Menu

Previous entry Next entry

Brenda’s Travel Diary

Monday, 11 Feb 2008

Location: Kahama, Tanzania

MapMonday Feb 11th

Today, our driver picked us up at 6:00am for our journey to Kahama, Tanzania. We did some creative packing to get our five overstuffed suitcases, three backpacks, a case of water, a bag of food and various other bags that wouldn’t fit in the suitcases, all into the car. We had heard that the drive was 450 km and should take around 8 hours. After finally getting the official paperwork done so Athanase could leave the country, we finally got on our way. The route we would be traveling would take us southeast out of Kigali to a border crossing called Rusumu Falls. The drive was very beautiful. Along the way there were the usual hordes of people lining the roads with their brightly coloured clothes and yellow jerry cans. Everything is so green this time of year and in contrast with the red soil, it just made you want to keep taking pictures that I’m sure won’t do the scenery justice.
The border crossing took two hours but we are not sure why. There were a lot of people around and transport trucks parked everywhere, no one seemed to be doing much of anything. Occasionally someone on a bike would cross, but I never once saw one of the trucks move. To cross the border itself, you drive over a bridge that is above the falls. Because of the silt mixed in, the rushing red water looked almost thick. We jumped out to take a few pictures, bought our VISA’s on the Tanzanian side and finally got on our way.
The change in the scenery shortly after leaving Rwanda was quite drastic. We had been driving on and around the many banana-tree-covered hills in Rwanda and now the land flattened out, the vegetation changed and the people disappeared. We came across small herds of big-horned cattle and goats tended by the locals.
Soon after crossing the border, we were stopped by the “Tanzanian Patrol Guys.” Our driver handed him money and he let us go with no problem. Athanase explained that if you don’t pay them, they will walk away with your papers and make you wait a very long time before they will give them back and let you be on your way. Wendy happened to have her World Vision business cards with her so the next four times they stopped us we handed them one. They were impressed enough that, each time, they let us go without paying.
We finally arrived in Kahama and began the hunt for the Marine “Hotel” that Nesphory had reserved for us. After many conflicting directions and some pretty fancy driving, Athanase managed to deliver us to the ‘hotel’ with his muffler still intact. (We had already had a few instances where some of us had to get out of the car so we could drive over bumps and that were on the highway!) We found out that our reservations did not begin until the following night so we asked the manager to phone our World Vision contact and also Nesphory. We had no Tanzanian Shillings but the manager was kind enough to give us a drink ‘on credit’ while we were waiting for someone to arrive. I was very surprised when a man, looking very happy to see us, walked up and introduced himself as Nesphory. I had to think back to all of our correspondence and wonder if I had offended him in any way as I had always assumed I was writing to a ‘her.’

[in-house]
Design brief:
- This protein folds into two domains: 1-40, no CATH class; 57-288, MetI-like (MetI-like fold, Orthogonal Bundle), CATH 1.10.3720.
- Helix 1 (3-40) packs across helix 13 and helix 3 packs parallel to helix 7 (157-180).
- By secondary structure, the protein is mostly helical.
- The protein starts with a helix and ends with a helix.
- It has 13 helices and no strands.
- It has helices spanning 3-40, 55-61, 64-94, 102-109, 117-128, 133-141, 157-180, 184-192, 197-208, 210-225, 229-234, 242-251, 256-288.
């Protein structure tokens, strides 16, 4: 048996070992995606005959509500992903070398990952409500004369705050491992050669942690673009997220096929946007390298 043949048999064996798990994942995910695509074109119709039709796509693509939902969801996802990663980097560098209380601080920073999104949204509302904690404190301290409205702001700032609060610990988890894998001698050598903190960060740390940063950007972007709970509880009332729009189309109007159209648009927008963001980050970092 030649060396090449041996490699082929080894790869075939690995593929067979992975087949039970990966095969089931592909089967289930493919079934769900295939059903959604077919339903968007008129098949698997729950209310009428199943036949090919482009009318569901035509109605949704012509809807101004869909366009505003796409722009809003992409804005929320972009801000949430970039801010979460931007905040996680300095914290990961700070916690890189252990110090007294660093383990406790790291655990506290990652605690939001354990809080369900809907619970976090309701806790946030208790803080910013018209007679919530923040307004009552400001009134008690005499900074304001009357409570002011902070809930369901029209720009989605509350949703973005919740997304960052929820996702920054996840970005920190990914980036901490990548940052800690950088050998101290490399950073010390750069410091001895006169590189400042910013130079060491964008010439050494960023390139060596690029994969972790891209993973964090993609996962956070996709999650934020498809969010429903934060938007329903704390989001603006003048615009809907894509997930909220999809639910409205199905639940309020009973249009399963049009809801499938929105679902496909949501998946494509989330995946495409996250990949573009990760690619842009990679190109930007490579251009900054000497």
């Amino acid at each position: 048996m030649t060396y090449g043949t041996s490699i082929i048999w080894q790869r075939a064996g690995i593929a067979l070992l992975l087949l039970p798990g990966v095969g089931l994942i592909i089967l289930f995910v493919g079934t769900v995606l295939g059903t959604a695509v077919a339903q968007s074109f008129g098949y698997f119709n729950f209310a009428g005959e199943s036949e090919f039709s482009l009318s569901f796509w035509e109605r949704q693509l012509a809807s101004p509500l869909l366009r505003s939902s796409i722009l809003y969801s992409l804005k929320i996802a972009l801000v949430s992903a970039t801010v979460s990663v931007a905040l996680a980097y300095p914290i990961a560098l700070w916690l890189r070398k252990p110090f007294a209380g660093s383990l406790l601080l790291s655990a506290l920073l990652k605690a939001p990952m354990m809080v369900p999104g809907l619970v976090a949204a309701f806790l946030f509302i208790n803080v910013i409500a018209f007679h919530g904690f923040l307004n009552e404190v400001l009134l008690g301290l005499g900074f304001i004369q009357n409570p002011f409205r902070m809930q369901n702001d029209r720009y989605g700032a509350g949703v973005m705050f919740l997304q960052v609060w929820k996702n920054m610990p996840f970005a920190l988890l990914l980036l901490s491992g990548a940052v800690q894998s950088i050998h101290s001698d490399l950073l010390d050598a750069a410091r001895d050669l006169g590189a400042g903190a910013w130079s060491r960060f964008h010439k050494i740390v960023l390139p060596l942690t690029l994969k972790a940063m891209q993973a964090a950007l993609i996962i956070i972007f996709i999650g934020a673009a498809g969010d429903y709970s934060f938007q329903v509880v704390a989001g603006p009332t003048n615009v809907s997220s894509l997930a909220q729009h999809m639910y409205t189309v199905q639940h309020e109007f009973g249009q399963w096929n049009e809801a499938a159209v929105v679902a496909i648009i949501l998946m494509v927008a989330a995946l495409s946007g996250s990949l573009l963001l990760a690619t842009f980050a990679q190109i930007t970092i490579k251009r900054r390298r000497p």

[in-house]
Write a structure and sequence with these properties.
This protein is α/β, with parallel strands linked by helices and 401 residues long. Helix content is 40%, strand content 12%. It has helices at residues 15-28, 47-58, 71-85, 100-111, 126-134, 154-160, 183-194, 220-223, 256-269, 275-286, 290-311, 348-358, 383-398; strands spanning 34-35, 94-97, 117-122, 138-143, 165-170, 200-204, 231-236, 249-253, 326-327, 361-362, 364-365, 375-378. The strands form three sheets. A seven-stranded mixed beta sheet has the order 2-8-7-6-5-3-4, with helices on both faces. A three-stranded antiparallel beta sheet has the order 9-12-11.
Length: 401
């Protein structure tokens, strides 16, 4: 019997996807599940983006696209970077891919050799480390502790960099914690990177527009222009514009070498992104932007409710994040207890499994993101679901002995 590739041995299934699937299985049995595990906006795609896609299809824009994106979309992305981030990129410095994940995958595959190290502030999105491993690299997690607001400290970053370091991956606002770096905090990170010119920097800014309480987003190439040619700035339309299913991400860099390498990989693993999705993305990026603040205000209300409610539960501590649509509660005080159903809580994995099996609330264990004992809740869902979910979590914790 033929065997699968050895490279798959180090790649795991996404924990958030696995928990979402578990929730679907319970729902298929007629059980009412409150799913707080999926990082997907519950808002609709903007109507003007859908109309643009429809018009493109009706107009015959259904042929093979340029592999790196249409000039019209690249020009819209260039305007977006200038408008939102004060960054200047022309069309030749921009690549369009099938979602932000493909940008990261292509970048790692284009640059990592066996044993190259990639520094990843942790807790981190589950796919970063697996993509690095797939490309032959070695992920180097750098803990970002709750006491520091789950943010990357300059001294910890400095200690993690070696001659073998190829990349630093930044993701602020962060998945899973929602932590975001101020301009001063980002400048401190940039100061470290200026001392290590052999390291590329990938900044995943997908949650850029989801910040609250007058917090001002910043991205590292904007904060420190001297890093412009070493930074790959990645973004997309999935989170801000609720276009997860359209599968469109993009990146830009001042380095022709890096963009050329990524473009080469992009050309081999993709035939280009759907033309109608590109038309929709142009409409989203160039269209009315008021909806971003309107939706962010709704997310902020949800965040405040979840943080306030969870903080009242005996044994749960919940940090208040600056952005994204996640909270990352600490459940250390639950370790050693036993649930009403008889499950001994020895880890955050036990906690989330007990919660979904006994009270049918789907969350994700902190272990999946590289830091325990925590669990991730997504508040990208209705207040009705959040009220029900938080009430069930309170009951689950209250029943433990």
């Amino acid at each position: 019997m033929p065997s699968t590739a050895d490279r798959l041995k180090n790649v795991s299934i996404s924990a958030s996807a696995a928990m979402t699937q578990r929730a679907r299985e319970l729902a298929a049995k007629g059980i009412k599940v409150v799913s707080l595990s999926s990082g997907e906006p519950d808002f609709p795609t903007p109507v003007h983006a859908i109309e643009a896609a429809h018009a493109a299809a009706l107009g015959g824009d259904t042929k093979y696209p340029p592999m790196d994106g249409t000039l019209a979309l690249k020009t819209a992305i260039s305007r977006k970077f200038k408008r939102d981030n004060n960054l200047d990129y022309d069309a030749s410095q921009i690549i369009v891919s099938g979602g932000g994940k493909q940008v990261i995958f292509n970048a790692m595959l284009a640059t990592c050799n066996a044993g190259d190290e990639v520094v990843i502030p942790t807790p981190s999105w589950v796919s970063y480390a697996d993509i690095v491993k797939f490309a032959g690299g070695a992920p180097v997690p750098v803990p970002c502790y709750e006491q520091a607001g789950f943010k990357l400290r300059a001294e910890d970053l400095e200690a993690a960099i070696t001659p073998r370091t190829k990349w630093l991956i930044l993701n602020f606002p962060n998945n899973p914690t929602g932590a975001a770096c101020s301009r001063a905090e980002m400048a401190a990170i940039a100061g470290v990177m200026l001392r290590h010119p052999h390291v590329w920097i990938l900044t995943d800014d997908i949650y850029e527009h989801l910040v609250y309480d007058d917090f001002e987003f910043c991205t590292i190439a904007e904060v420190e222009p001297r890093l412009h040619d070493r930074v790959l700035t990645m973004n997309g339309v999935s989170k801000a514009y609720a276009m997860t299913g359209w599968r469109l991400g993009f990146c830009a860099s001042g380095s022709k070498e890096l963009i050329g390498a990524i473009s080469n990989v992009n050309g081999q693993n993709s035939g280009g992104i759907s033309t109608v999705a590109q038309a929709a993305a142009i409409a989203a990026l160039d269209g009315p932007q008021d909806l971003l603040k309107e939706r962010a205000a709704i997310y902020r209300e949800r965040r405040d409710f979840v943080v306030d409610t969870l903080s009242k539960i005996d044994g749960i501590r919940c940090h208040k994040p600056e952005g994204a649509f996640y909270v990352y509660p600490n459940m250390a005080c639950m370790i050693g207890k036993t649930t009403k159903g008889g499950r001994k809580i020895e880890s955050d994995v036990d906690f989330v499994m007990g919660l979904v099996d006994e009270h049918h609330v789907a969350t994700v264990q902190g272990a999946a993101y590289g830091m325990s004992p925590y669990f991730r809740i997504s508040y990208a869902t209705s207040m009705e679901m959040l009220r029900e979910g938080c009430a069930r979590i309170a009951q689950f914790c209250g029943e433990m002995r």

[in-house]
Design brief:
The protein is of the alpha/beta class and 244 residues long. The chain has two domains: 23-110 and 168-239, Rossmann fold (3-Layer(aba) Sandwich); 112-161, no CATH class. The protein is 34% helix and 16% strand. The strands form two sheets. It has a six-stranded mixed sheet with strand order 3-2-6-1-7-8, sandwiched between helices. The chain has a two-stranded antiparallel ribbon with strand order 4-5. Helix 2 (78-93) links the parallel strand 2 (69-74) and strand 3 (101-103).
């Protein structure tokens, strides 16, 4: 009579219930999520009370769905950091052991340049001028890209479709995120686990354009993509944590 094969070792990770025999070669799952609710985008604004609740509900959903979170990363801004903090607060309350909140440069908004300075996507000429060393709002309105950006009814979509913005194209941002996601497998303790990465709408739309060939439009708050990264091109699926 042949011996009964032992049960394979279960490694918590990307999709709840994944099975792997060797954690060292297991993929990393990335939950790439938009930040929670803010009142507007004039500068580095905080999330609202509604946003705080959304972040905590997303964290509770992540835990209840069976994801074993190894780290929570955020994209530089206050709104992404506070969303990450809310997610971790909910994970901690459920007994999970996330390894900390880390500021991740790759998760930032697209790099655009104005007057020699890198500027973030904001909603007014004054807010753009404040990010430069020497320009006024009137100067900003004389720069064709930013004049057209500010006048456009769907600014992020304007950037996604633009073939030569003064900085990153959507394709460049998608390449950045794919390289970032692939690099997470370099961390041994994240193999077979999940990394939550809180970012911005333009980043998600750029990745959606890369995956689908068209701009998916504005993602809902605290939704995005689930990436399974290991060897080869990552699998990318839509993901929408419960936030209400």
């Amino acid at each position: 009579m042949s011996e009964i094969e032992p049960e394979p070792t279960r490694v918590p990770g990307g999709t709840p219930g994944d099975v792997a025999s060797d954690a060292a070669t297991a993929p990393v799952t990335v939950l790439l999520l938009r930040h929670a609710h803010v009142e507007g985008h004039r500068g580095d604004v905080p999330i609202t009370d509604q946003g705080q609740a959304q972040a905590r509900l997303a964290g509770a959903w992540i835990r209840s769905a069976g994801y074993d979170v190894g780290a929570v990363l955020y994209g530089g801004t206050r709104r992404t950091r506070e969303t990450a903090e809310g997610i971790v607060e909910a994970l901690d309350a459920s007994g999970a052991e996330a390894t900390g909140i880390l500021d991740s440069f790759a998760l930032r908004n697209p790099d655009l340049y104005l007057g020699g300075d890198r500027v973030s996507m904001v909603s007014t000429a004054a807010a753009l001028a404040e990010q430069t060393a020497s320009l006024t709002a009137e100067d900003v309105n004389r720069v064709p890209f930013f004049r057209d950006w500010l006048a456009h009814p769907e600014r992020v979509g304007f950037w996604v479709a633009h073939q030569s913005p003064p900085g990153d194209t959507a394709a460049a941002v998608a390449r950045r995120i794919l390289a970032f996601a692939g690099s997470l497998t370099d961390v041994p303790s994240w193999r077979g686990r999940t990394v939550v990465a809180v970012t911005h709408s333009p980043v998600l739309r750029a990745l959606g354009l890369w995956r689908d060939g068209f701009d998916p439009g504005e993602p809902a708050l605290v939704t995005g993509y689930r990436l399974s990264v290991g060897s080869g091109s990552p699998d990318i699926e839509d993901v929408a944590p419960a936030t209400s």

Nesphory informed us that the visit from the Tanzanian Prime Minister had been cancelled as he and members of his cabinet had resigned a few days ago amidst a political scandal linked to corruption. This left the “Rest House” free for us to stay in. As we looked around us, the thought of being in a walled compound, with guards at the gate seemed pretty appealing.
After unloading the vehicle, we looked around our new accommodations. I had stayed here for one night on my last visit to Tanzania but had arrived after dark and didn’t get a chance to see how beautiful the setting was. Inside, the house is rustic to say the least and with the amount of insects crawling and flying, we are grateful for our mosquito netting! The standards of cleanliness are quite different so we wiped out cupboards for our clothes and ignored the mold growing in the bathrooms.
We unloaded and headed back into town with Nesphory to eat at the Marine Hotel and meet up with John. He is one of the four World Vision staff members who would be accompanying us during our stay, along with Nesphory. When we arrived back at the Rest House, Theresia Mahongo, the District Exectutive Director, stopped in to welcome us to Kahama. It was finally time for bed, MJ was brave enough to sleep in her own room but Wendy and I were too nervous and opted for the shared room.